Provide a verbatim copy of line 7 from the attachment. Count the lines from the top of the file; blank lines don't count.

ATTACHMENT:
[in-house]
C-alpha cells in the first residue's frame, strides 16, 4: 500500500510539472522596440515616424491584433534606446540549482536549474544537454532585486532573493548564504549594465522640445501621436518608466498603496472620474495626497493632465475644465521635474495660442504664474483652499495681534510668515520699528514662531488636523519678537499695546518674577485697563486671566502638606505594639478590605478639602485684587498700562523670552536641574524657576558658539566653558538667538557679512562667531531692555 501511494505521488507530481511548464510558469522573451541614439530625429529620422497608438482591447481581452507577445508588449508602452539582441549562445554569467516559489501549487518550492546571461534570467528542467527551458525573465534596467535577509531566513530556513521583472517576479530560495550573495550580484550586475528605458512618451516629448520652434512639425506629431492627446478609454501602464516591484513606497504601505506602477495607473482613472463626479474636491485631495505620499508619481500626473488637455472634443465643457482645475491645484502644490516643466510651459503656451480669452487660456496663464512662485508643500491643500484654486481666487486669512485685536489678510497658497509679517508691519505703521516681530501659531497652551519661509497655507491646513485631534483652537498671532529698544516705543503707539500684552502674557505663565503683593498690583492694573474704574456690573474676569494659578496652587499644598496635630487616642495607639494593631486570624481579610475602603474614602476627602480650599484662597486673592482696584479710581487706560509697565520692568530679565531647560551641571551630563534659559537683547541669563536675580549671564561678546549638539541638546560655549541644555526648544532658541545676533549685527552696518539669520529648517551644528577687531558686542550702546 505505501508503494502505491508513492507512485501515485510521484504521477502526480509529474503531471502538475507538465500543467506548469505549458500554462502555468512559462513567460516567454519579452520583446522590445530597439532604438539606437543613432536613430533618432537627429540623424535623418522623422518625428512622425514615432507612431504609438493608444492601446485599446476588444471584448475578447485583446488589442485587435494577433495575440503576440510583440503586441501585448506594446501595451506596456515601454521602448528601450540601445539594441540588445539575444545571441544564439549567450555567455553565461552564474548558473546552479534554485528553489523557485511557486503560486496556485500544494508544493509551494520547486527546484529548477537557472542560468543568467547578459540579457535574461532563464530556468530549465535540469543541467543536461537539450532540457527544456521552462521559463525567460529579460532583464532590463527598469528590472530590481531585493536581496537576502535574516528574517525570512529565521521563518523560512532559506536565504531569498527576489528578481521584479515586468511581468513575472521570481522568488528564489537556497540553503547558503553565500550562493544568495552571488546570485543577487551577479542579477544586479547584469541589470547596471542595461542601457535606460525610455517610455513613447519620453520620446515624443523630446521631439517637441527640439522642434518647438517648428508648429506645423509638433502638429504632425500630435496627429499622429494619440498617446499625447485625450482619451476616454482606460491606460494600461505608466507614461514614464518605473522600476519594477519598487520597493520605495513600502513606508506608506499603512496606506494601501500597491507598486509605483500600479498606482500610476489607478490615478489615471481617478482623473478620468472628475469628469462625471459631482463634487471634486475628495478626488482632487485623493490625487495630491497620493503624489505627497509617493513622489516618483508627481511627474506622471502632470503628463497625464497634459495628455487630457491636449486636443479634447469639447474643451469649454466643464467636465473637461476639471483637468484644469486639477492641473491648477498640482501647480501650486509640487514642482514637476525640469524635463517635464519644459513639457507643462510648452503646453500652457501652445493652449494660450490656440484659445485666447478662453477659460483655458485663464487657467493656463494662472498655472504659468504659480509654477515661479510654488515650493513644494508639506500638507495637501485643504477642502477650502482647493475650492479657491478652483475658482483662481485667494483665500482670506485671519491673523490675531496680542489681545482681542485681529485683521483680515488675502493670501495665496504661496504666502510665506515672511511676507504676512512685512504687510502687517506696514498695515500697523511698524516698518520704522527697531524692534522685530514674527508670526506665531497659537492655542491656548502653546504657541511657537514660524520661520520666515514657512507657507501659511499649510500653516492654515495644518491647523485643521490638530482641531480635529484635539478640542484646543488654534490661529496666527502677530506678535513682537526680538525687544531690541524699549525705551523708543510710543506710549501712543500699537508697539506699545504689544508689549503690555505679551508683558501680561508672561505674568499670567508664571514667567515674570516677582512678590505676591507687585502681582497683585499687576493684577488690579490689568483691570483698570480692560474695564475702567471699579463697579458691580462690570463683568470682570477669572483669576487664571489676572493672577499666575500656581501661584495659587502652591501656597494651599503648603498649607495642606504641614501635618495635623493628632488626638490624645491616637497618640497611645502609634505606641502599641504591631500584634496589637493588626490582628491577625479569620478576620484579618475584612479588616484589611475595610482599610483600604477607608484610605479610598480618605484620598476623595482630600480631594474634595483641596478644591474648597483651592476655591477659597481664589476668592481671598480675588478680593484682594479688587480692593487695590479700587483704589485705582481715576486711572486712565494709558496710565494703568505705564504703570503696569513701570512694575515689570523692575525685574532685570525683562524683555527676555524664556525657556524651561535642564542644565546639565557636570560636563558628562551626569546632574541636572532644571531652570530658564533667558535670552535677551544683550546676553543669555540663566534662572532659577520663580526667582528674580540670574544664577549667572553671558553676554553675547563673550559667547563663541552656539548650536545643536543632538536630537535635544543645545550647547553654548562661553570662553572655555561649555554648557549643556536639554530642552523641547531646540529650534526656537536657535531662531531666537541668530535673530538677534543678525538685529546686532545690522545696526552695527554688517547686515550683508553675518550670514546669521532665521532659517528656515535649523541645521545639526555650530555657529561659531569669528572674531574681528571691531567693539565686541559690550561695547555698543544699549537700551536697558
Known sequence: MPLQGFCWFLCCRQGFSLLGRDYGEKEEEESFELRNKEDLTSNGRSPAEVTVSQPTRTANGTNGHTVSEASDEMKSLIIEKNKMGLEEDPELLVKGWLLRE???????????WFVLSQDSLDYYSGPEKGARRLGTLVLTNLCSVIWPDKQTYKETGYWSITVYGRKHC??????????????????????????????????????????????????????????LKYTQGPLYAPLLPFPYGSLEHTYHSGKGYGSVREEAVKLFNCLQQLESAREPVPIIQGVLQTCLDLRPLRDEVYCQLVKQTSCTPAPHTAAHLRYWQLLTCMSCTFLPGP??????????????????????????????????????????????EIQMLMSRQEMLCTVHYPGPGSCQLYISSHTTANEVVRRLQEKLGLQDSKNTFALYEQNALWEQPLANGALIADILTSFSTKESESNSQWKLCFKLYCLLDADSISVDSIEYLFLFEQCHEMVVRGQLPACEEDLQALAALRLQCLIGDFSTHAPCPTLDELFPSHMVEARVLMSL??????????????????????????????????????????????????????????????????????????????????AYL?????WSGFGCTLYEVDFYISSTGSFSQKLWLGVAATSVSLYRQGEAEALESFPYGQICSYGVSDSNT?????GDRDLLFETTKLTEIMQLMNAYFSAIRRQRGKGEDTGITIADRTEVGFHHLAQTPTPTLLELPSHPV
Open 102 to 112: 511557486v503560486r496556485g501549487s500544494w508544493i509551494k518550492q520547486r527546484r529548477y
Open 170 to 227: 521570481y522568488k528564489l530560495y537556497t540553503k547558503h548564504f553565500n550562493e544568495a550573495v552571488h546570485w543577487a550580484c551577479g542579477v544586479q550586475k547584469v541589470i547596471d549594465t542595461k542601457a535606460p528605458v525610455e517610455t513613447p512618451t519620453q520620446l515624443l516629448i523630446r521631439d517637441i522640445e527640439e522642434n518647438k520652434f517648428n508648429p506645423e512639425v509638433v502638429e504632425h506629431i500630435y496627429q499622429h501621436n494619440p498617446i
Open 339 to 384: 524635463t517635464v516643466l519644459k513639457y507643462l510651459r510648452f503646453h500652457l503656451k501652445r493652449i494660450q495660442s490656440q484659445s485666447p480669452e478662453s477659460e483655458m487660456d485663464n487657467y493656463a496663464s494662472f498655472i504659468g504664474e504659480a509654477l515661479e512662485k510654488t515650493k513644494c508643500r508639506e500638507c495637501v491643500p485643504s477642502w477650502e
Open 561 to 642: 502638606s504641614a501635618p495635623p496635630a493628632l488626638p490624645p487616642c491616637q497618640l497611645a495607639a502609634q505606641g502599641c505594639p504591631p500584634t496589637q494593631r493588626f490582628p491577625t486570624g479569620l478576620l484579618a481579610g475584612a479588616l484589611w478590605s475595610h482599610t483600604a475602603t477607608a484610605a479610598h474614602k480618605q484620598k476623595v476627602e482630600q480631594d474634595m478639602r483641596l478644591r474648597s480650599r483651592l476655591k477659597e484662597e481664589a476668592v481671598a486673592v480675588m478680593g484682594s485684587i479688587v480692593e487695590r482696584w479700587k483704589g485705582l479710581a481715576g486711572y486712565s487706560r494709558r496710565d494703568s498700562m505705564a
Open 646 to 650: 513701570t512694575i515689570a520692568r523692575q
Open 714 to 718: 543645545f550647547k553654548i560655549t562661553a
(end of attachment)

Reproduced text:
Open 561 to 642: 502638606s504641614a501635618p495635623p496635630a493628632l488626638p490624645p487616642c491616637q497618640l497611645a495607639a502609634q505606641g502599641c505594639p504591631p500584634t496589637q494593631r493588626f490582628p491577625t486570624g479569620l478576620l484579618a481579610g475584612a479588616l484589611w478590605s475595610h482599610t483600604a475602603t477607608a484610605a479610598h474614602k480618605q484620598k476623595v476627602e482630600q480631594d474634595m478639602r483641596l478644591r474648597s480650599r483651592l476655591k477659597e484662597e481664589a476668592v481671598a486673592v480675588m478680593g484682594s485684587i479688587v480692593e487695590r482696584w479700587k483704589g485705582l479710581a481715576g486711572y486712565s487706560r494709558r496710565d494703568s498700562m505705564a